Thursday, March 28, 2013

Writing Like Hemingway


by Bert Carson

I suspect the majority of people on the planet only come close to death once, and that is the end.

Coming close to death was a constant theme in Ernest Hemingway's life.  It wasn't that he was jinxed, or cursed; it's just that he chose to put himself in harm's way, and then wrote a book or a few stories based on the experience. 

First, fresh out of high school, he volunteered to drive an ambulance in Italy during WWI.  A few months into his tour, he was severely wounded and evacuated to the states.

He reported on the Spanish Civil War, from Spain, and during WWII he reported on the Normandy Invasion from the beach at Normandy, and the Invasion of Paris, from Paris.  Some years later, he participated in two plane crashes while in Africa, suffering serious injuries in both events.

He wrote 7 novels and 4 short story collections, changing the style of literature with his economical, understated style.  In 1954, he won the Nobel Prize in Literature.

I titled this post, Writing Like Hemingway.  I'm not suggesting that you spend your life challenging fate with your willingness to experience life threatening situations in order to write about them.  And, I'm not suggesting that you try to copy Hemingway's style and understatement.  I am saying that it would behoove all of us who write to do so with the dedication and commitment of Ernest Hemingway.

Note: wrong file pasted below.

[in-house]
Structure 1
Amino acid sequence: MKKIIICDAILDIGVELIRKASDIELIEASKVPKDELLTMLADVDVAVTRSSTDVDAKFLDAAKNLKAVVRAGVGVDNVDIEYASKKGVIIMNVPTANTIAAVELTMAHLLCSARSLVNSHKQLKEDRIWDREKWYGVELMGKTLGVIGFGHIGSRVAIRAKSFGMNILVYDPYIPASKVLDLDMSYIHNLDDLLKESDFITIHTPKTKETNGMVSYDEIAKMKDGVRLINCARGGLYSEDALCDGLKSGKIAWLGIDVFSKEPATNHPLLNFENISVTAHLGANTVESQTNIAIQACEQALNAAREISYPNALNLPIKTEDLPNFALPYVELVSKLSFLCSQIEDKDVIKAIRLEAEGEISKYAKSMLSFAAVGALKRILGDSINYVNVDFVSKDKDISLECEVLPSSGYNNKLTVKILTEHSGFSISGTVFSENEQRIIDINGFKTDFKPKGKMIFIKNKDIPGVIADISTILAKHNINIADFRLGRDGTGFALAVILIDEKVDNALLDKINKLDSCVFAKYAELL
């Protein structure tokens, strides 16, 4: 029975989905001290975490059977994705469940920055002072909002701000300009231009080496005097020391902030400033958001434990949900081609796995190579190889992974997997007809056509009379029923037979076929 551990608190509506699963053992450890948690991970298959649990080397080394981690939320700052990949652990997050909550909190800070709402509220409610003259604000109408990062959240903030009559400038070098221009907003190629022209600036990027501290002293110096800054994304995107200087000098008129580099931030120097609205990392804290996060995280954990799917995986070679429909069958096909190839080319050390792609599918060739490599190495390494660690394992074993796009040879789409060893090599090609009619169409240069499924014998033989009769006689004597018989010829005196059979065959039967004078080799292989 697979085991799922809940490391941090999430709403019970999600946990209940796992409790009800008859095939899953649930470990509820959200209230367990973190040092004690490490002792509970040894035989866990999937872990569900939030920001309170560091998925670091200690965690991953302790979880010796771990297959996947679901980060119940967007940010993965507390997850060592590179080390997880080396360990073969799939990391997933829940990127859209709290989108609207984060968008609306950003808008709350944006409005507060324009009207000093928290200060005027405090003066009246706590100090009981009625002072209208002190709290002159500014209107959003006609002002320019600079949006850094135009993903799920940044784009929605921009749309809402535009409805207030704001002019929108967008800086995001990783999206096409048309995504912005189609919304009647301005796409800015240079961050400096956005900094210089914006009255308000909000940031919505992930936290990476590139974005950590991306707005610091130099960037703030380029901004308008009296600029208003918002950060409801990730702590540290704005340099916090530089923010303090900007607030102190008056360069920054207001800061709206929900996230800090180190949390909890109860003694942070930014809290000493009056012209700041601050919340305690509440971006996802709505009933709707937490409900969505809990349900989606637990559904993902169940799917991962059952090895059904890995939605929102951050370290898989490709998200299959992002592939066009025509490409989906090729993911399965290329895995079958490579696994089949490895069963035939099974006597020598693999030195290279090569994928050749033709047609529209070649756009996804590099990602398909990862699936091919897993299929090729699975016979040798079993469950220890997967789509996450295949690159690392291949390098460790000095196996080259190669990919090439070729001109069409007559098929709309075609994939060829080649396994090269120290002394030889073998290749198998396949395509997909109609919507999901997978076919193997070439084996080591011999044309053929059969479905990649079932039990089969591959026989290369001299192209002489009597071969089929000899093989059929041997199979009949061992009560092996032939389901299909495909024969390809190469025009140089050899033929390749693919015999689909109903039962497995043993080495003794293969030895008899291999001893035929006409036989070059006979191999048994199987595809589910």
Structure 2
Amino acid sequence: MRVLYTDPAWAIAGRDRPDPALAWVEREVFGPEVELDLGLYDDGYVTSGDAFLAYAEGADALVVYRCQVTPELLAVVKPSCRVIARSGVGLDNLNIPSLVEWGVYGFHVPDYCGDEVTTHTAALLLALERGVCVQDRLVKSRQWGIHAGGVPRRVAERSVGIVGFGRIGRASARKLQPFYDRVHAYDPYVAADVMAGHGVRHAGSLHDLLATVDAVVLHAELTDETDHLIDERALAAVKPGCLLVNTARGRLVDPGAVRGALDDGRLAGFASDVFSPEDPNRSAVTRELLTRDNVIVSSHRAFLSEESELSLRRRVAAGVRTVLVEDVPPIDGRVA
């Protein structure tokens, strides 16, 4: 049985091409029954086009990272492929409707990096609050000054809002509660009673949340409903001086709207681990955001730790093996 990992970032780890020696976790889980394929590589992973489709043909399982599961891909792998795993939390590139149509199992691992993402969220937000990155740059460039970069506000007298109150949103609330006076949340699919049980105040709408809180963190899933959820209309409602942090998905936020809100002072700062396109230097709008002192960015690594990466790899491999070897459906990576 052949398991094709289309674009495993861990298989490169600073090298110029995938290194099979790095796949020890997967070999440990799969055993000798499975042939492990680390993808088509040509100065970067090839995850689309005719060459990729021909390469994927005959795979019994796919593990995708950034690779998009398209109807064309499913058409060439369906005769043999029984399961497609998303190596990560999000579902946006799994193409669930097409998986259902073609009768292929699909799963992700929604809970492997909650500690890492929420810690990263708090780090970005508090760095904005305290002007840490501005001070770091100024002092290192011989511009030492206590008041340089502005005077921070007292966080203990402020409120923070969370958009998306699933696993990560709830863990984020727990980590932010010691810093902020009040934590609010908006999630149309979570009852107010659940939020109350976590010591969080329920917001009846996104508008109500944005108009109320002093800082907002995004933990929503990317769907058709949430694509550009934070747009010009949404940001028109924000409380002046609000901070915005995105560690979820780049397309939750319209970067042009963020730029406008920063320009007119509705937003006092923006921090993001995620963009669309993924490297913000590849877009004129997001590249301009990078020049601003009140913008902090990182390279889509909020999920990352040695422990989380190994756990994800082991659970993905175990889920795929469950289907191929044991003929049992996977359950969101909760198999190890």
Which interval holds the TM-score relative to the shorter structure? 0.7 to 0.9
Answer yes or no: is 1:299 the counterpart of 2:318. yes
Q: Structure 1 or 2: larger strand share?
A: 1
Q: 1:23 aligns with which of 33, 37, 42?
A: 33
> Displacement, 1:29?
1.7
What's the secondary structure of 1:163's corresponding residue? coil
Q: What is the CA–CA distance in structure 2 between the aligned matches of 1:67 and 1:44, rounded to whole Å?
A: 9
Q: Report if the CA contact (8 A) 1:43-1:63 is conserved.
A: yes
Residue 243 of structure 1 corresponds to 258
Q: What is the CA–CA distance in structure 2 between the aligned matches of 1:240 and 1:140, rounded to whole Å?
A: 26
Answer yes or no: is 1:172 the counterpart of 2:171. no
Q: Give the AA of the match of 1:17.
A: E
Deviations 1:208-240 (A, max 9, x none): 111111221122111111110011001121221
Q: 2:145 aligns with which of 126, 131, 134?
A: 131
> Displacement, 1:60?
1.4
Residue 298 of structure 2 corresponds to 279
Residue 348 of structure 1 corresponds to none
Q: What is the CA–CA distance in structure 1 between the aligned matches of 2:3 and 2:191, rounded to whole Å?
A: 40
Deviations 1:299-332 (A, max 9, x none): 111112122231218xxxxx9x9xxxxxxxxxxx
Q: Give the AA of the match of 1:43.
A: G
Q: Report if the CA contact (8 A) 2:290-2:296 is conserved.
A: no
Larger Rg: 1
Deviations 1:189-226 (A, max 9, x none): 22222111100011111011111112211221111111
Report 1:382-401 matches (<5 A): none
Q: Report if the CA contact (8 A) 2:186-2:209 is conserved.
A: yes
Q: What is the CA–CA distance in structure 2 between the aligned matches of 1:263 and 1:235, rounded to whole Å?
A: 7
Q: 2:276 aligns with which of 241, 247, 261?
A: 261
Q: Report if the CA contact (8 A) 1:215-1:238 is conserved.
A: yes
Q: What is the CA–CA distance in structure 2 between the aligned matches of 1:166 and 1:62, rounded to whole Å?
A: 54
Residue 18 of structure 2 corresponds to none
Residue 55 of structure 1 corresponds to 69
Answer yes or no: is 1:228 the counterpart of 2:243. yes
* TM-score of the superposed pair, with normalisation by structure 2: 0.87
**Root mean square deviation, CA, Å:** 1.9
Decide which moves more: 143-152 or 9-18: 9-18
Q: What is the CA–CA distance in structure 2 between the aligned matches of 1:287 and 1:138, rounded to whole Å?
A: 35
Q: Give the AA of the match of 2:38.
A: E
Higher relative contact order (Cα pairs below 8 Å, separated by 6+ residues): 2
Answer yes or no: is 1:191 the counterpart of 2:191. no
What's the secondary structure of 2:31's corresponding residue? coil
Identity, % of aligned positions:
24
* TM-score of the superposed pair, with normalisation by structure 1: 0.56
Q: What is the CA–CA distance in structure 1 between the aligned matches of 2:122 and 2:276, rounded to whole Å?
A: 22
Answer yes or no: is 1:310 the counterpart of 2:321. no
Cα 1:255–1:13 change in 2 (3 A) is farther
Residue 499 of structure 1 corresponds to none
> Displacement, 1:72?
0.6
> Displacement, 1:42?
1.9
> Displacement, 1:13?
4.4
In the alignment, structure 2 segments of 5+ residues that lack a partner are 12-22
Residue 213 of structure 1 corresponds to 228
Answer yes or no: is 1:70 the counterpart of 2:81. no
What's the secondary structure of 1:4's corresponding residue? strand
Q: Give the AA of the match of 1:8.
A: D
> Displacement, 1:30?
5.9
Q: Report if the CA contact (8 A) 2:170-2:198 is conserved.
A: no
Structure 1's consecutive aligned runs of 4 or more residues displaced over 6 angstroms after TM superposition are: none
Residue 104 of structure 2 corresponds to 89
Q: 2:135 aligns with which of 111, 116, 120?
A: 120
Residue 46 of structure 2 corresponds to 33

4 comments:

  1. Thank you for the reminder to JUST GET TO IT!...You are a dear friend.

    ReplyDelete
  2. Linda,
    It's really great to hear from you my friend.
    Have a wonderful day - every one of them.
    Yours,
    Bert

    ReplyDelete
  3. Hi, Bert. Interesting post. I found it through Google+

    ReplyDelete
    Replies
    1. Karen,
      Thanks for the comment. I'm glad you enjoyed the post and since I've just made a commitment to finally learn and use G+, I'm even more pleased than you can imagine.
      Have a wonderful week,
      Bert

      Delete

"Go ahead, make my day" - leave a comment - then click "Subscribe by email," to be notified of all comments on this post.